A critical thinker on world politics and the contemporary Arab-Islamic world, Eqbal Ahmad ( 1933 – 1999 ) wrote prolifically on a wide range of subjects. He addressed the rise of anti-colonial movements, the Vietnam War, and the Cold War from the standpoint of third world victims—in particular the legacy of the anti-Soviet war in Afghanistan, Islamic fundamentalism and terrorism, nuclear proliferation, Middle Eastern and South Asian politics. He died in Islamabad on May 11, 1999 ; he continued to agitate against nuclear arms testing on the Indian subcontinent until the time of his death.
Ahmad was born in Irki, Bihar to an Indian Muslim landowning family. His father was murdered while parceling out the estate to landless peasants. Upon the partition of India, the remaining family members immigrated to Pakistan in a tortuous trek on foot.
Ahmad studied political science at Princeton University where he wrote a doctoral dissertation on the Tunisian labor movement. He received a Proctor Fellowhip, for excellence in graduate studies at Princeton. This work formed the basis of a lifelong interest in working-class politics. Along with Stuart Schaar, he wrote about North African trade union activists and progressive voices such as Tahar Haddad.
Toward the end of his life, Ahmad taught at Hampshire College in Amherst, Massachusetts. In the 1990s, he attempted to establish Khaldunia University (named for the Arab historian, Ibn Khaldūn ), a liberal arts college in Islamabad, Pakistan, patterned on Hampshire College. The project failed. It was rumored that Asif Zardari , Benazir Bhutto's husband wished to build a golf course on the land, which was first granted by her administration.
Eqbal Ahmad insisted on the importance of democracy to developing societies, especially in the Muslim world. He wrote caustically of the dictators who rule the Muslim world, claiming that they serve not the interests of their people but their foreign benefactors. His writing on Pakistan explored the failure of democracy. He argued that a badly-run democracy was still better than an efficient military dictatorship and that the rise of fundamentalism in Muslim settings was a result of the failure of the state and the absence of meaningful secular alternatives. He also wrote about the rise of sectarian jihādī forces in Pakistan. One of his concerns was the increasing “Talibanization” of Pakistan from jihādī organizations and their patrons, which act as a state within a state.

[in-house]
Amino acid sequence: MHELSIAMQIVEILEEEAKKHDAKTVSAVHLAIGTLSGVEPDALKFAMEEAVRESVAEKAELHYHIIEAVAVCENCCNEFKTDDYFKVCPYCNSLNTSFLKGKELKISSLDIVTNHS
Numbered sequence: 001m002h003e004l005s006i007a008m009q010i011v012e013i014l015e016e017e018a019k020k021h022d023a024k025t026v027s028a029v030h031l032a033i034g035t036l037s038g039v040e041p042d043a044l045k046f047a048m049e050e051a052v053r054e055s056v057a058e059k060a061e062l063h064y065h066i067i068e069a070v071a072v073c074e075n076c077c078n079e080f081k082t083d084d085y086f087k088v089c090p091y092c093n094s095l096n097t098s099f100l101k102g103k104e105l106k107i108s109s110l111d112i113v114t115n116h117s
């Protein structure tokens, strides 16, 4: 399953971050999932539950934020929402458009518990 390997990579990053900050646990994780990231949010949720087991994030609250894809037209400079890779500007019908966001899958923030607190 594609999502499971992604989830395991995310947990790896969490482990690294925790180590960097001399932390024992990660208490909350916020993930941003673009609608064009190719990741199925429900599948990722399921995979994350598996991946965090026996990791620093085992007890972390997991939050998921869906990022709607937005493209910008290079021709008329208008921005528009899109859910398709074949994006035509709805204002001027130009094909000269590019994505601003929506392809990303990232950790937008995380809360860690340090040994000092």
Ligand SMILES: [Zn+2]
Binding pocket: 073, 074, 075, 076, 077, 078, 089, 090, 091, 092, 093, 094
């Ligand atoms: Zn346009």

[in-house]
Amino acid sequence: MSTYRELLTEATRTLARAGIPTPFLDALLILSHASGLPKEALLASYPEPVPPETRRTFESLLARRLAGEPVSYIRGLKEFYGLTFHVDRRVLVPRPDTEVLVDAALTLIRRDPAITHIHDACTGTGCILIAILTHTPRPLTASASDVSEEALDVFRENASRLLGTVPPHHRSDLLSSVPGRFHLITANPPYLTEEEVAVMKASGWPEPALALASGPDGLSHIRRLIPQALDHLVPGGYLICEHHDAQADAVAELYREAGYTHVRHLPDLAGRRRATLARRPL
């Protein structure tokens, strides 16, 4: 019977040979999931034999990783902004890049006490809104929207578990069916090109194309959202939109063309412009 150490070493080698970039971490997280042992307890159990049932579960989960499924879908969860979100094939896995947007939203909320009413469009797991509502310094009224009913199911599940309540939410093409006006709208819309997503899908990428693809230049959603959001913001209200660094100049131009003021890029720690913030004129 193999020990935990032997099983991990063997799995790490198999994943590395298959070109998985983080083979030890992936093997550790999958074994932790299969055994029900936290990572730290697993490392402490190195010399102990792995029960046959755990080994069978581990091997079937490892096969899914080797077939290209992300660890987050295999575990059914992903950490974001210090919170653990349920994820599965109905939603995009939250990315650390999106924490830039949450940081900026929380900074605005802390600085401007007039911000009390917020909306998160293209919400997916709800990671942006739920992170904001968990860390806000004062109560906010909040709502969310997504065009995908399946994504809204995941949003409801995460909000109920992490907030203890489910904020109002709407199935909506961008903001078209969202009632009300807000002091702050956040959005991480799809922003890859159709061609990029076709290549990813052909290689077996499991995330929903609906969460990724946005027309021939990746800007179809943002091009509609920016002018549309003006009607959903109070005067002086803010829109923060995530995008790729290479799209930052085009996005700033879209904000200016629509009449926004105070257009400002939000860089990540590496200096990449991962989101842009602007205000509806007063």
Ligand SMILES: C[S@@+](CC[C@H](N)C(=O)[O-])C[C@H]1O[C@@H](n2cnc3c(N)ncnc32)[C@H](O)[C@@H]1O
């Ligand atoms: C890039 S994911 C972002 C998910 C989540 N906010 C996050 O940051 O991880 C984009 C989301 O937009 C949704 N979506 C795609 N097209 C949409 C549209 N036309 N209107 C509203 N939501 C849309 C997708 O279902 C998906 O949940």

Unlike many secular Muslim intellectuals, Ahmad took the Islamic tradition seriously and was well schooled in Islamic history and theology. He argued that any meaningful reform of Muslim societies required an understanding of the Islamic tradition.
Ahmad's prognosis for the immediate future was bleak. In 1984 , he wrote:
"Never before in the history of Islamic peoples had there been so total a separation of political power and civil society. In the breach there is a time bomb … For the majority of Muslim peoples, the experienced alternative to the past is a limbo of foreign occupation and dispossession, of alienation from the land, of life in shantytowns and refugee camps, of migration into foreign lands, and, at best, of permanent expectancy. Leaning on and yearning for the restoration of an emasculated, often idealized past is one escape from the limbo; striking out in protest and anger, for a new revolutionary order is another."
- Ahmad, Dohra , Iftikhar Ahmad , and Zia Mian . Eqbal Ahmad: Between Past & Future, Selected Essays on South Asia. Karachi: Oxford University Press, 2004 .
- Ahmad, Eqbal and Stuart Schaar . M'hamed Ali: Tunisian Labor Organizer. In Struggle and Survival in the Modern Middle East, edited by Edmund Burke III . Los Angeles: University of California Press, 1993 .
- Ahmad, Eqbal and Stuart Schaar . Tahar Haddad: A Tunisian Activist Intellectual, Maghreb Review 21, nos. 3–4 ( 1996 ), pp. 240–255.
- Barsamian, David . Interview & Tribute, Massachusetts Review 41, no. 4 (Winter 2000 – 2001 ), pp. 449–464.
- Bengelsdorf, Carollee , Margaret Cerullo , and Yogesh Chandrani , eds. The Selected Writings of Eqbal Ahmad. New York: Columbia University Press, 2006 .